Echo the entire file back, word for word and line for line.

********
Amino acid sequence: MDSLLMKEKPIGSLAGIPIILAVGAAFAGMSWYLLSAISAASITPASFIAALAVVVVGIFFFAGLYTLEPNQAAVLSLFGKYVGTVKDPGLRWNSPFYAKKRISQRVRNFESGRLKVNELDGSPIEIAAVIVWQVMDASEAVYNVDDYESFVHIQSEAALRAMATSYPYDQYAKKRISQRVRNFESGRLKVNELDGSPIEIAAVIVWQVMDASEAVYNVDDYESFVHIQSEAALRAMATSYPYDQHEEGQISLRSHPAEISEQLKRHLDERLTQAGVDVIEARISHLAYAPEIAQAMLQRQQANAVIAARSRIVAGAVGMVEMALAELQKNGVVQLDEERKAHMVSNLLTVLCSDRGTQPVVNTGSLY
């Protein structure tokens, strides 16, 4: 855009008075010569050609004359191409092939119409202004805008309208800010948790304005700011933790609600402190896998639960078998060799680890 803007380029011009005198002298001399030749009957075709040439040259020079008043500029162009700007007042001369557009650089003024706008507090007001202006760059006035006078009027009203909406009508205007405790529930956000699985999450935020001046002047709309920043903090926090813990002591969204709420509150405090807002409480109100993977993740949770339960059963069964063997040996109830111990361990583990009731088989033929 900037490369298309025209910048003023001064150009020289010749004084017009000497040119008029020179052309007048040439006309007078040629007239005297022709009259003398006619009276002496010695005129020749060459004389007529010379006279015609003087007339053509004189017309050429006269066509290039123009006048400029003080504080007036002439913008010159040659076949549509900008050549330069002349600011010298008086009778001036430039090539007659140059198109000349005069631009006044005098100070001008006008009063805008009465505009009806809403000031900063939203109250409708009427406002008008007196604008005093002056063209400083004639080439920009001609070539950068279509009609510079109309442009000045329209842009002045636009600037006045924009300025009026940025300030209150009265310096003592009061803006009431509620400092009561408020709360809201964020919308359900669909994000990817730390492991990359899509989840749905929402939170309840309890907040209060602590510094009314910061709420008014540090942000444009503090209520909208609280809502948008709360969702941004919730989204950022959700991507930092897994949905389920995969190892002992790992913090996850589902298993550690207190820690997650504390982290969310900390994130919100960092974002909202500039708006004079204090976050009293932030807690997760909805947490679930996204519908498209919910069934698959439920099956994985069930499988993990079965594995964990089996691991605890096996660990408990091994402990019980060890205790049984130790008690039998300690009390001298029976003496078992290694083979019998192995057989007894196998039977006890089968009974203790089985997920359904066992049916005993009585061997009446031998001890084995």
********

Amino acid sequence: MDSLLMKEKPIGSLAGIPIILAVGAAFAGMSWYLLSAISAASITPASFIAALAVVVVGIFFFAGLYTLEPNQAAVLSLFGKYVGTVKDPGLRWNSPFYAKKRISQRVRNFESGRLKVNELDGSPIEIAAVIVWQVMDASEAVYNVDDYESFVHIQSEAALRAMATSYPYDQYAKKRISQRVRNFESGRLKVNELDGSPIEIAAVIVWQVMDASEAVYNVDDYESFVHIQSEAALRAMATSYPYDQHEEGQISLRSHPAEISEQLKRHLDERLTQAGVDVIEARISHLAYAPEIAQAMLQRQQANAVIAARSRIVAGAVGMVEMALAELQKNGVVQLDEERKAHMVSNLLTVLCSDRGTQPVVNTGSLY
């Protein structure tokens, strides 16, 4: 855009008075010569050609004359191409092939119409202004805008309208800010948790304005700011933790609600402190896998639960078998060799680890 803007380029011009005198002298001399030749009957075709040439040259020079008043500029162009700007007042001369557009650089003024706008507090007001202006760059006035006078009027009203909406009508205007405790529930956000699985999450935020001046002047709309920043903090926090813990002591969204709420509150405090807002409480109100993977993740949770339960059963069964063997040996109830111990361990583990009731088989033929 900037490369298309025209910048003023001064150009020289010749004084017009000497040119008029020179052309007048040439006309007078040629007239005297022709009259003398006619009276002496010695005129020749060459004389007529010379006279015609003087007339053509004189017309050429006269066509290039123009006048400029003080504080007036002439913008010159040659076949549509900008050549330069002349600011010298008086009778001036430039090539007659140059198109000349005069631009006044005098100070001008006008009063805008009465505009009806809403000031900063939203109250409708009427406002008008007196604008005093002056063209400083004639080439920009001609070539950068279509009609510079109309442009000045329209842009002045636009600037006045924009300025009026940025300030209150009265310096003592009061803006009431509620400092009561408020709360809201964020919308359900669909994000990817730390492991990359899509989840749905929402939170309840309890907040209060602590510094009314910061709420008014540090942000444009503090209520909208609280809502948008709360969702941004919730989204950022959700991507930092897994949905389920995969190892002992790992913090996850589902298993550690207190820690997650504390982290969310900390994130919100960092974002909202500039708006004079204090976050009293932030807690997760909805947490679930996204519908498209919910069934698959439920099956994985069930499988993990079965594995964990089996691991605890096996660990408990091994402990019980060890205790049984130790008690039998300690009390001298029976003496078992290694083979019998192995057989007894196998039977006890089968009974203790089985997920359904066992049916005993009585061997009446031998001890084995």